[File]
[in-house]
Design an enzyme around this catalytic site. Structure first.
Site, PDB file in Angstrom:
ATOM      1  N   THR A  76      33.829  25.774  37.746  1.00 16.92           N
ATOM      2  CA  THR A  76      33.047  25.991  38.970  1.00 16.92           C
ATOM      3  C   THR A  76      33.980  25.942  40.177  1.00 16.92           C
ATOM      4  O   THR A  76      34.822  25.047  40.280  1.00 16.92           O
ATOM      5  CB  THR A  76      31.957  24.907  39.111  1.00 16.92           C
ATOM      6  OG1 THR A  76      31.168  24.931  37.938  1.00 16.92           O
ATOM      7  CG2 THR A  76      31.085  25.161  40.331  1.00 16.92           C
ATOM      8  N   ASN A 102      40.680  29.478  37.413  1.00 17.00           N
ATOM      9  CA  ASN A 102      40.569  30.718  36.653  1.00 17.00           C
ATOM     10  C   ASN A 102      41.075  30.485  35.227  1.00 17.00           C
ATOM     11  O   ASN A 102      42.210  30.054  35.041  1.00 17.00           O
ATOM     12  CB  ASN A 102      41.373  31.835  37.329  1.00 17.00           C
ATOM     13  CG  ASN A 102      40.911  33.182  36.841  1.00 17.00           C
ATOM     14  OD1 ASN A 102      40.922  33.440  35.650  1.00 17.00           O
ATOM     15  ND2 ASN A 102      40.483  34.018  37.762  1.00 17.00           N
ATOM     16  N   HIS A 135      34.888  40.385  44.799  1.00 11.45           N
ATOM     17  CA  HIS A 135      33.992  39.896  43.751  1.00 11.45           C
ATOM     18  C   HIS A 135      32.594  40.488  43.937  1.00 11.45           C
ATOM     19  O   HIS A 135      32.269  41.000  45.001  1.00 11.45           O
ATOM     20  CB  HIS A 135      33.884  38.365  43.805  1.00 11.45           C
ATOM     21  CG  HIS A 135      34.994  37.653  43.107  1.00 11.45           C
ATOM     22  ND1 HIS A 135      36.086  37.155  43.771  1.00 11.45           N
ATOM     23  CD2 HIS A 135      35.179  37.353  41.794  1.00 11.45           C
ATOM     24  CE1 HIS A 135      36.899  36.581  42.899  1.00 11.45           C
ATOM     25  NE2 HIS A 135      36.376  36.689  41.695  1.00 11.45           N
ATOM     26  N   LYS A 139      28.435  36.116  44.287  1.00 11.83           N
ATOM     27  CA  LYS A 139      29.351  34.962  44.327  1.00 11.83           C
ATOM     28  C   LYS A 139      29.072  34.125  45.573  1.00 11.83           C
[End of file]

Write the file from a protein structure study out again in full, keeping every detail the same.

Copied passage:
[in-house]
Design an enzyme around this catalytic site. Structure first.
Site, PDB file in Angstrom:
ATOM      1  N   THR A  76      33.829  25.774  37.746  1.00 16.92           N
ATOM      2  CA  THR A  76      33.047  25.991  38.970  1.00 16.92           C
ATOM      3  C   THR A  76      33.980  25.942  40.177  1.00 16.92           C
ATOM      4  O   THR A  76      34.822  25.047  40.280  1.00 16.92           O
ATOM      5  CB  THR A  76      31.957  24.907  39.111  1.00 16.92           C
ATOM      6  OG1 THR A  76      31.168  24.931  37.938  1.00 16.92           O
ATOM      7  CG2 THR A  76      31.085  25.161  40.331  1.00 16.92           C
ATOM      8  N   ASN A 102      40.680  29.478  37.413  1.00 17.00           N
ATOM      9  CA  ASN A 102      40.569  30.718  36.653  1.00 17.00           C
ATOM     10  C   ASN A 102      41.075  30.485  35.227  1.00 17.00           C
ATOM     11  O   ASN A 102      42.210  30.054  35.041  1.00 17.00           O
ATOM     12  CB  ASN A 102      41.373  31.835  37.329  1.00 17.00           C
ATOM     13  CG  ASN A 102      40.911  33.182  36.841  1.00 17.00           C
ATOM     14  OD1 ASN A 102      40.922  33.440  35.650  1.00 17.00           O
ATOM     15  ND2 ASN A 102      40.483  34.018  37.762  1.00 17.00           N
ATOM     16  N   HIS A 135      34.888  40.385  44.799  1.00 11.45           N
ATOM     17  CA  HIS A 135      33.992  39.896  43.751  1.00 11.45           C
ATOM     18  C   HIS A 135      32.594  40.488  43.937  1.00 11.45           C
ATOM     19  O   HIS A 135      32.269  41.000  45.001  1.00 11.45           O
ATOM     20  CB  HIS A 135      33.884  38.365  43.805  1.00 11.45           C
ATOM     21  CG  HIS A 135      34.994  37.653  43.107  1.00 11.45           C
ATOM     22  ND1 HIS A 135      36.086  37.155  43.771  1.00 11.45           N
ATOM     23  CD2 HIS A 135      35.179  37.353  41.794  1.00 11.45           C
ATOM     24  CE1 HIS A 135      36.899  36.581  42.899  1.00 11.45           C
ATOM     25  NE2 HIS A 135      36.376  36.689  41.695  1.00 11.45           N
ATOM     26  N   LYS A 139      28.435  36.116  44.287  1.00 11.83           N
ATOM     27  CA  LYS A 139      29.351  34.962  44.327  1.00 11.83           C
ATOM     28  C   LYS A 139      29.072  34.125  45.573  1.00 11.83           C